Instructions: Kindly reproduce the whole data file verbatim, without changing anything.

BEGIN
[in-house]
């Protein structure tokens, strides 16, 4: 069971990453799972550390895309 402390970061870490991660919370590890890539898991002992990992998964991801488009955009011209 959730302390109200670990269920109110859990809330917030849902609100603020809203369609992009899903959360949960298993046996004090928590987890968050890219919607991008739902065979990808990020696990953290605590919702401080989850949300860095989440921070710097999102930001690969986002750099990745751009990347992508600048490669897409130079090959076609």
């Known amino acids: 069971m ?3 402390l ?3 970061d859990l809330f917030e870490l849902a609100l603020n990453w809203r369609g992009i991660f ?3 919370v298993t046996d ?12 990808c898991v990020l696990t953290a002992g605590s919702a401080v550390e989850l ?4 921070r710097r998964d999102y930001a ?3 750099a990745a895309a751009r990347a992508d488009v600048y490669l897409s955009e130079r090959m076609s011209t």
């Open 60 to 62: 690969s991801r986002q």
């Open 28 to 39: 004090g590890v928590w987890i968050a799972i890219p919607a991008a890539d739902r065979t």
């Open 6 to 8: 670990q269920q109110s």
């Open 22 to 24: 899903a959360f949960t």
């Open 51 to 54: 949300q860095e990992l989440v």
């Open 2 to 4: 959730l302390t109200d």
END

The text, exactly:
[in-house]
């Protein structure tokens, strides 16, 4: 069971990453799972550390895309 402390970061870490991660919370590890890539898991002992990992998964991801488009955009011209 959730302390109200670990269920109110859990809330917030849902609100603020809203369609992009899903959360949960298993046996004090928590987890968050890219919607991008739902065979990808990020696990953290605590919702401080989850949300860095989440921070710097999102930001690969986002750099990745751009990347992508600048490669897409130079090959076609």
């Known amino acids: 069971m ?3 402390l ?3 970061d859990l809330f917030e870490l849902a609100l603020n990453w809203r369609g992009i991660f ?3 919370v298993t046996d ?12 990808c898991v990020l696990t953290a002992g605590s919702a401080v550390e989850l ?4 921070r710097r998964d999102y930001a ?3 750099a990745a895309a751009r990347a992508d488009v600048y490669l897409s955009e130079r090959m076609s011209t």
């Open 60 to 62: 690969s991801r986002q």
């Open 28 to 39: 004090g590890v928590w987890i968050a799972i890219p919607a991008a890539d739902r065979t």
């Open 6 to 8: 670990q269920q109110s």
């Open 22 to 24: 899903a959360f949960t």
């Open 51 to 54: 949300q860095e990992l989440v």
């Open 2 to 4: 959730l302390t109200d």